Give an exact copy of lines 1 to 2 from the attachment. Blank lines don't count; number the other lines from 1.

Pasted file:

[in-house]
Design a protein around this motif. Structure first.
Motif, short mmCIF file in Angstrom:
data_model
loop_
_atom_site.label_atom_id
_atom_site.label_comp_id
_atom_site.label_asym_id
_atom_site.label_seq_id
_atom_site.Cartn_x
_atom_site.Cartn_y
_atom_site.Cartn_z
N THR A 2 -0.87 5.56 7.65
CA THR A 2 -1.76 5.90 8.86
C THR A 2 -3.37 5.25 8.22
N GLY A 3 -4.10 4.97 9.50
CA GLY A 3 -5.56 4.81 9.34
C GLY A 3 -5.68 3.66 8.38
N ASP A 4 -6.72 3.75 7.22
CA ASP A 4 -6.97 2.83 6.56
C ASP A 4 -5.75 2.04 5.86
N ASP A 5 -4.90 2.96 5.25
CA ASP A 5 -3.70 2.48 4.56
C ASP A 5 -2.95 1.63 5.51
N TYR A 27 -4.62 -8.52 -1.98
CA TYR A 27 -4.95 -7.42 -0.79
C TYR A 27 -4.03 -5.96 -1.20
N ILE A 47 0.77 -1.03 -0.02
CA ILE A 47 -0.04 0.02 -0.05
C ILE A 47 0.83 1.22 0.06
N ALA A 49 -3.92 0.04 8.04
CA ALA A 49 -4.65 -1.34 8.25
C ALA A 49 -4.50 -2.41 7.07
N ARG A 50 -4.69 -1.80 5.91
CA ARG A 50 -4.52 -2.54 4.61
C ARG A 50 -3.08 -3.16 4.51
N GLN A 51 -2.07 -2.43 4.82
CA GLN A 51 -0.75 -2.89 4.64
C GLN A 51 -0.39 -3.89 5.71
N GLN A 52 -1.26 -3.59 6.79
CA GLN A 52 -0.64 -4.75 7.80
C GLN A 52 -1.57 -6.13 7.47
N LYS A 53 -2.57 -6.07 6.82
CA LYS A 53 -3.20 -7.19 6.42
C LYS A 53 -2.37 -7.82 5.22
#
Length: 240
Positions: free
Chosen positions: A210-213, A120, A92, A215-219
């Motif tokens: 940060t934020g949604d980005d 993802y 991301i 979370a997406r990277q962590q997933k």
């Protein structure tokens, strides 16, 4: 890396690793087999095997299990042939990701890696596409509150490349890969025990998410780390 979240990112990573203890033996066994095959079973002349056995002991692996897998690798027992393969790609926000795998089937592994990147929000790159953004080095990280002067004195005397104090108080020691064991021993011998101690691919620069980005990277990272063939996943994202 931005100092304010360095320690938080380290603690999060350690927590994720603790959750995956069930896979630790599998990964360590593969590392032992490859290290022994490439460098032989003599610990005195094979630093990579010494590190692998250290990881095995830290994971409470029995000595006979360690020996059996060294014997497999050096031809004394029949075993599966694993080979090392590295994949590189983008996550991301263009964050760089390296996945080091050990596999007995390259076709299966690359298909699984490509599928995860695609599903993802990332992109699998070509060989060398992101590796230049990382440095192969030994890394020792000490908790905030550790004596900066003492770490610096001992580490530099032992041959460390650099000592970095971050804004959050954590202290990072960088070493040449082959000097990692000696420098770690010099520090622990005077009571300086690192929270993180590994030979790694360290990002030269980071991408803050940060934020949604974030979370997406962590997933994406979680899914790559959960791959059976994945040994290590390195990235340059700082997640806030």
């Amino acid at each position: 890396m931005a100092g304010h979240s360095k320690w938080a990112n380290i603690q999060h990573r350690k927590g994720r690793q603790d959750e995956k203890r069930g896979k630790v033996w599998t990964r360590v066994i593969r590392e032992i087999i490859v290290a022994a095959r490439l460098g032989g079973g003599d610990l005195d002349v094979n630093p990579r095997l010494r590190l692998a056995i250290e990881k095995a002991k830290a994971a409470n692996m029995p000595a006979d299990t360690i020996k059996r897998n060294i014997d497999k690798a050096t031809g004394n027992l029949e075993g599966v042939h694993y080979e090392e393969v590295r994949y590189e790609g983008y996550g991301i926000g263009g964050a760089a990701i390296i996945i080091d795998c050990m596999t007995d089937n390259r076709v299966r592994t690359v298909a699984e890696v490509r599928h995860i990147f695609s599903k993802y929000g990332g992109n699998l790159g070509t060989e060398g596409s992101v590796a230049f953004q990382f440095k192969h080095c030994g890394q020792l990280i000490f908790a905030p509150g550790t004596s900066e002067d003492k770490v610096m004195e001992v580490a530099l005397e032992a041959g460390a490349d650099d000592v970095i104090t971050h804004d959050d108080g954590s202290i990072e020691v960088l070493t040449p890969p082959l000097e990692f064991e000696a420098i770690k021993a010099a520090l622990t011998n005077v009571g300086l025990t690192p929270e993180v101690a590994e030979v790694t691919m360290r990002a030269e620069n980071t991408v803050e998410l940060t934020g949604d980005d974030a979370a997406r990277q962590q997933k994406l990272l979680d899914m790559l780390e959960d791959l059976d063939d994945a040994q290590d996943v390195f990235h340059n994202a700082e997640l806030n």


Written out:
[in-house]
Design a protein around this motif. Structure first.